From the greatest scholars of the today, to the most famed philosophers of old, anybody who has ever observed the natural world has been plagued, or blessed, as it were, by the question, “why does anything at all exist?” This seems to be the reason that most people believe in the existence of a transcendent Creator of the universe. Whether the argument is stylized syllogistically, highly philosophical and technical, or the average man gazing at the head of the sun as it peaks over the horizon, feeling “naturally overwhelmed,” in the words of Richard Dawkins, “almost a desire to worship something.” Men know this problem, even atheists admit it. People believe in God’s existence because it is obvious in the existence of the natural world. Any argument that is mounted against God’s existence will always fall short, will never measure up, to the abundance of the natural world around us.
In the words of the apostle Paul, “For since the creation of the world His invisible attributes, His eternal power and divine nature, have been clearly seen, being understood through what has been made, so that they are without excuse.” (Romans 1:20). The question that one might pose is this: can this stand as more than an emotional observation? Can the atheists answer the challenge, answer the question, “why does anything at all exist?” I think that the boyhood observation perseveres, toppling down the objections of the intellectual. Why does anything at all exist?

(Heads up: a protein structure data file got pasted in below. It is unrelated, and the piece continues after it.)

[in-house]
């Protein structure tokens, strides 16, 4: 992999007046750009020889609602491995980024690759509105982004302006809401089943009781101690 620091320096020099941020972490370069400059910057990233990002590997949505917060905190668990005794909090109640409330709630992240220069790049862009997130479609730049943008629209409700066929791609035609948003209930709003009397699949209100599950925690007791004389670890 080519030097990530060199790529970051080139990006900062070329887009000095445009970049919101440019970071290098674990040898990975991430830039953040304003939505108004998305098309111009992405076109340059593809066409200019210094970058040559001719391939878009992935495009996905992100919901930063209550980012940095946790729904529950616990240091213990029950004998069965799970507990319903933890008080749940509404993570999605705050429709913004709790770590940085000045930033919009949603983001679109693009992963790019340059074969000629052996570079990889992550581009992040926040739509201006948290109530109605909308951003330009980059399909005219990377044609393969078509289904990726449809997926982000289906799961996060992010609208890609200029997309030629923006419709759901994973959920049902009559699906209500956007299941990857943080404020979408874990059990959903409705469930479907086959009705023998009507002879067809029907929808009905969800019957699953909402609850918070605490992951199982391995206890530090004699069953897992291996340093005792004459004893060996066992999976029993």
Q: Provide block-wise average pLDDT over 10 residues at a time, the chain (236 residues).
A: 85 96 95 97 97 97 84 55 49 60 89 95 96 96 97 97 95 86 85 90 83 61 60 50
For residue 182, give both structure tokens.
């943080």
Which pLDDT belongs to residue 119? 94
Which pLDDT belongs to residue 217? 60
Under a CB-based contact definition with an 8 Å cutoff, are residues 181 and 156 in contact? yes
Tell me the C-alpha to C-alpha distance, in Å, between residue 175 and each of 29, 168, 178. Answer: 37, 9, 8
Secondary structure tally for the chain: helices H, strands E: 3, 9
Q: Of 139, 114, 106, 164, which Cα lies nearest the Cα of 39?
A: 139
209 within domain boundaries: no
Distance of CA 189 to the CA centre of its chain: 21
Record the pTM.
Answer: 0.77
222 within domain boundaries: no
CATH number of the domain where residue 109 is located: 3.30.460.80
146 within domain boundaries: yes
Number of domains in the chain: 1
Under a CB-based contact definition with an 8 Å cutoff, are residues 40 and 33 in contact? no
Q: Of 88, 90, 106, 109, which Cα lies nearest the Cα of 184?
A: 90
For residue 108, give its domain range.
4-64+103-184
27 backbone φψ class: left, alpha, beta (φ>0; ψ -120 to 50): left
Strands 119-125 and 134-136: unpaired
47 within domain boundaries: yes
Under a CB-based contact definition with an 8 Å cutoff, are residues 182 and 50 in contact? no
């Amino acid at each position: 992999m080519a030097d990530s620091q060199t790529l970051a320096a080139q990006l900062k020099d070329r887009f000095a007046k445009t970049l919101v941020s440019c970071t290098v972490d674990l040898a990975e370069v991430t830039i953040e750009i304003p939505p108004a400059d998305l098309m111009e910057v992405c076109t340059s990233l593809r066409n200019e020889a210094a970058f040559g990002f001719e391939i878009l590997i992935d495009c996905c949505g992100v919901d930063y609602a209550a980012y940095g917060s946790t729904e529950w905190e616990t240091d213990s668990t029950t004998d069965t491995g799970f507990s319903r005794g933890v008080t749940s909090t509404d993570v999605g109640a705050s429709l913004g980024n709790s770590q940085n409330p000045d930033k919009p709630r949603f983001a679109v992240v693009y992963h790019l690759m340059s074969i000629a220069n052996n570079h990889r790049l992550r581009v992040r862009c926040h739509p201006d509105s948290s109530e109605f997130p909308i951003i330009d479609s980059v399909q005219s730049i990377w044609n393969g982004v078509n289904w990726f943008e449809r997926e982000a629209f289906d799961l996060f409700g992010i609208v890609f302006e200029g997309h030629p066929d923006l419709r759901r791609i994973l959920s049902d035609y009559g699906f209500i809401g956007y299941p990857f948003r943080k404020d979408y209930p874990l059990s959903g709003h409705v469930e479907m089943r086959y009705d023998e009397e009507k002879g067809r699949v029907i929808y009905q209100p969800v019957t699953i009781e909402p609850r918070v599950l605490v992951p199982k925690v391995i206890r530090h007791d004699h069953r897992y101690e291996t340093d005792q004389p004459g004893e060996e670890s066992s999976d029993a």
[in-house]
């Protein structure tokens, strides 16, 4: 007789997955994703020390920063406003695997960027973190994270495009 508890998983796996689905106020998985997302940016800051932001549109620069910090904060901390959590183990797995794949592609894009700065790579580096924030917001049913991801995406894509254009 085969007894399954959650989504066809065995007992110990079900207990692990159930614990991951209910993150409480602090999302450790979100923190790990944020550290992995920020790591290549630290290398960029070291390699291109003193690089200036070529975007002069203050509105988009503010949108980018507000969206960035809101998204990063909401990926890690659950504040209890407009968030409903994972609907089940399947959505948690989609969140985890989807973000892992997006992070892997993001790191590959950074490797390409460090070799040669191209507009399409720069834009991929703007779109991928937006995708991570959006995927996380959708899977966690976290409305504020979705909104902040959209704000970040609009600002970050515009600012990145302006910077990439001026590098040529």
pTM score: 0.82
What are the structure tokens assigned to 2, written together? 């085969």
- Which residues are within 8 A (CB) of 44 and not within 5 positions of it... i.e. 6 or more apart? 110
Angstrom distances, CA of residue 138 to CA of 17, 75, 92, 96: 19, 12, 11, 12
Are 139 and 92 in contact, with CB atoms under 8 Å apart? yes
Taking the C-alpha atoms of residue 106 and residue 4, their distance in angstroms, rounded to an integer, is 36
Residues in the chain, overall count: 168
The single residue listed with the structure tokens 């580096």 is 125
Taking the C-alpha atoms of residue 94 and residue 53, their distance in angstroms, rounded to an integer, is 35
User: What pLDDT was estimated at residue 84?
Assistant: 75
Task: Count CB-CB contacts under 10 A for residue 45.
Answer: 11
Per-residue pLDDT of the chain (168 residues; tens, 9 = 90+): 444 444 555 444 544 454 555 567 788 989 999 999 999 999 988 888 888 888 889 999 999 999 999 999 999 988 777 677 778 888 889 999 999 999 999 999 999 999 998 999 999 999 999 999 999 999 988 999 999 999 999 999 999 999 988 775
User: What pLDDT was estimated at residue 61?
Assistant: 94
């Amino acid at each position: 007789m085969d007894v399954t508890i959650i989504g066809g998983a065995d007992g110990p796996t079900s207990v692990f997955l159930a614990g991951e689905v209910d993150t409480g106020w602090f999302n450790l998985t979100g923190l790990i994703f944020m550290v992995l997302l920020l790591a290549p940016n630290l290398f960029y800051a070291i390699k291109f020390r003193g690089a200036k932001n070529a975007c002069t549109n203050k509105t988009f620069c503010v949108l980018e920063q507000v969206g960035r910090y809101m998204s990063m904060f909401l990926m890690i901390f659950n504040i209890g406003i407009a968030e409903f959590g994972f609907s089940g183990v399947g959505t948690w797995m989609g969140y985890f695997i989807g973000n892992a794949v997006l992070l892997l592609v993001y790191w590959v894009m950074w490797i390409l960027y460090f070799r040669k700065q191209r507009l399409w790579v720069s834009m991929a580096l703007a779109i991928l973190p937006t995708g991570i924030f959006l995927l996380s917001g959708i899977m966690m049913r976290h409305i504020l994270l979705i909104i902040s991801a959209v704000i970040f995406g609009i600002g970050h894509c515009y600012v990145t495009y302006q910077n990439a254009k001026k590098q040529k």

I pose this argument, and state the premises thusly (though I will break them down in as simple terms as I know how): 1 – Everything that exists has an explanation of its’ existence, whether in the necessity of its’ own nature, or an external cause. 2 – The universe exists. 3 – The explanation of the universe is not in the necessity of its’ own nature. 4 – Therefore, the universe had an external cause.
Everything that exists has an explanation of its’ existence. What does I mean by that? I will apply a popular illustration so that this point will become apparent. Suppose you were hiking with a friend, and the two of you stumbled across a beach ball in the middle of the trail. That would be quite an unusual sight, so you would rightly pose the question, “Where did this ball come from?”
Your friend is unmoved and indifferent, as they reply, “Don’t worry about it. It’s just there.” Whether your friend knows it or not, he has just made an ontological statement about the ball. It has no explanation. It is just there. Now if you were interested in resolving this philosophical quagmire, you would not accept your friends answer. The ball does not just exist. There is an explanation of the balls’ existence. But expand the ball to the size of a house. It still needs an explanation. Expand it to the size of the earth. It still needs an explanation. Expand it further and finally to the size of the universe. Still, it needs an explanation. The universe must have an explanation.
That explanation is either in the necessity of its’ own nature or an external cause. This is a little technical, but like I said, I will try to break it down as simply as I can. When I say that something exists necessarily, I mean that it must exist. It could not be otherwise. The ball exists because it must exist. Its’ existence is absolutely essential. This is one of the options for the existence of the universe. It may be that the universe must exist. The alternative option is that the universe has an external cause. That is, a cause beyond itself that brought it into being. This alternative would be comparable to how Michelangelo is the cause of the statue of David.